COVID-19: How residents are dealing with pandemic

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COVID-19 is forcing Yellowknifers to face new realities few imagined mere weeks ago.

Some Yellowknifers are wondering how to make ends meet now that COVID-19 has shut down significant parts of the economy.

Schools are closed, employees are working from home with their children in tow, and many non-essential workers have been laid off.

As Ottawa scrambles to ready economic aid packages for Canadians impacted by the widening nationwide shutdown, many anxious residents have been left waiting for relief.

“It’s scary,” said Dawnelle Rasmussen, a bartender and server laid off from her job last week.

“People in the service industry mostly live on tips and a bit from our paycheck,” she said.

Bars have shut down, and most restaurants are only offering takeout, based on recommendations from the territory’s chief medical officer.

That’s left scores of workers, like Rasmussen, without a job as they await aid.

The federal government says relief is coming. Last week, Prime Minister Justin Trudeau announced a $82-billion aid package aimed at supporting Canadians and businesses affected by the pandemic.

The aid package, which includes emergency benefits for people who don’t qualify for employment insurance (EI) or those who don’t get paid sick leave, is meant to ensure Canadians have enough money to buy groceries and other essentials, while ensuring businesses’ ability to pay employees. Emergency benefits would extend to the self-employed and those taking care of children at home who aren’t eligible for EI.

In an unprecedented surge, over half-a-million people applied for EI last week.

Federal relief, however, isn’t expected to kick in until next month or later, leaving Rasmussen and other residents worried.

“I won’t have enough money from EI to even pay rent,” said Rasmussen. She’s been on the phone trying to get payments deferred to a later date but lines are bogged down.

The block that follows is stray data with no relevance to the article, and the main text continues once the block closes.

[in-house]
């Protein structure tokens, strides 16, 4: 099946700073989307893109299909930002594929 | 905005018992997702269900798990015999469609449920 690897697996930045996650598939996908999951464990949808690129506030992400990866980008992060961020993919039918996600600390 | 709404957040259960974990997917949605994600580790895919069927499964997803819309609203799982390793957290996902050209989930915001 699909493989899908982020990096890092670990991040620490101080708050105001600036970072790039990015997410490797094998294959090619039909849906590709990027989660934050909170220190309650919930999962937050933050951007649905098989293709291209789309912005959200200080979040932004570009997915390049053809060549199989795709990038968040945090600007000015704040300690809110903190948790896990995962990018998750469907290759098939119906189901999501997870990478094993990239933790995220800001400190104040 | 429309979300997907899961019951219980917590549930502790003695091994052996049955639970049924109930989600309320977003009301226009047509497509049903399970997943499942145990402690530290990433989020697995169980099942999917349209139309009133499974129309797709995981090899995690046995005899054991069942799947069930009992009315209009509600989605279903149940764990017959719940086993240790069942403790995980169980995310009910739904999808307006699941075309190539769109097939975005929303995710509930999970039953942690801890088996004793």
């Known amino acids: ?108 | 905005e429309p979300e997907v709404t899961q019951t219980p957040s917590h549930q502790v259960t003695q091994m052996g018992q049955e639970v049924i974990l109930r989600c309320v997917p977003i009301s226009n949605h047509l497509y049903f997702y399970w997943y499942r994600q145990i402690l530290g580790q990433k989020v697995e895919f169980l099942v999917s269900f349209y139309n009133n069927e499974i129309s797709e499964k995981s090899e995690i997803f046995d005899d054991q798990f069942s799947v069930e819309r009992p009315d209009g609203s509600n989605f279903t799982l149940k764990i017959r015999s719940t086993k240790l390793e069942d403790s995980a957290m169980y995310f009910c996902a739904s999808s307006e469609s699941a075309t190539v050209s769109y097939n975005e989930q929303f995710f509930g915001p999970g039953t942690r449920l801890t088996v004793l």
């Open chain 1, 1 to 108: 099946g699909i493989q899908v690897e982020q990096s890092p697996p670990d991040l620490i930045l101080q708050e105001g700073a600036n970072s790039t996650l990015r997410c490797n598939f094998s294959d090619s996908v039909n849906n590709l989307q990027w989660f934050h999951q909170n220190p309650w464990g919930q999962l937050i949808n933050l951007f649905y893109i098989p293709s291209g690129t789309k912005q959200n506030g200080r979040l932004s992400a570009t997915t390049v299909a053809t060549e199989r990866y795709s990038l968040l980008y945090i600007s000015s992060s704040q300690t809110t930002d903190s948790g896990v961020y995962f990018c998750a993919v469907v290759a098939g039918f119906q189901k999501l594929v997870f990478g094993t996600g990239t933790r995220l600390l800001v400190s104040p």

“So many people are trying to do the same, and some phone lines just drop before it rings due to high volume,” she said.

Julie-Ann Patricia Beauprie, who’s due to give birth this summer, said she’s experiencing similar issues caused by a spike in EI requests.

“There’s so many people applying. It’s hard for me to get on. I’m just freaking out as it’s been a week since I’ve worked,” Beauprie told NNSL Media.

Samantha Janes, at home with her 10-month-old, is on maternity leave. She’s trying to stretch out EI payments before more relief becomes available.

“I think everyone at this point is worried about how they’re going to pay bills. Many are forced to stay home due to having children that can’t go to school,” said Janes.

She’s tried to file an application under Jordan’s Principle — federal legislation meant to ensure the delivery of crucial services for First Nation children — but phone lines have been tied up, said Janes.

Meanwhile, many people who rent in Yellowknife are wondering whether or not payments will be deferred — a measure that’s been implemented in some jurisdictions to relive the economic impacts brought on by COVID-19.

Northview Northview Apartment REIT had not answered several requests for comment from NNSL Media as of Tuesday afternoon.

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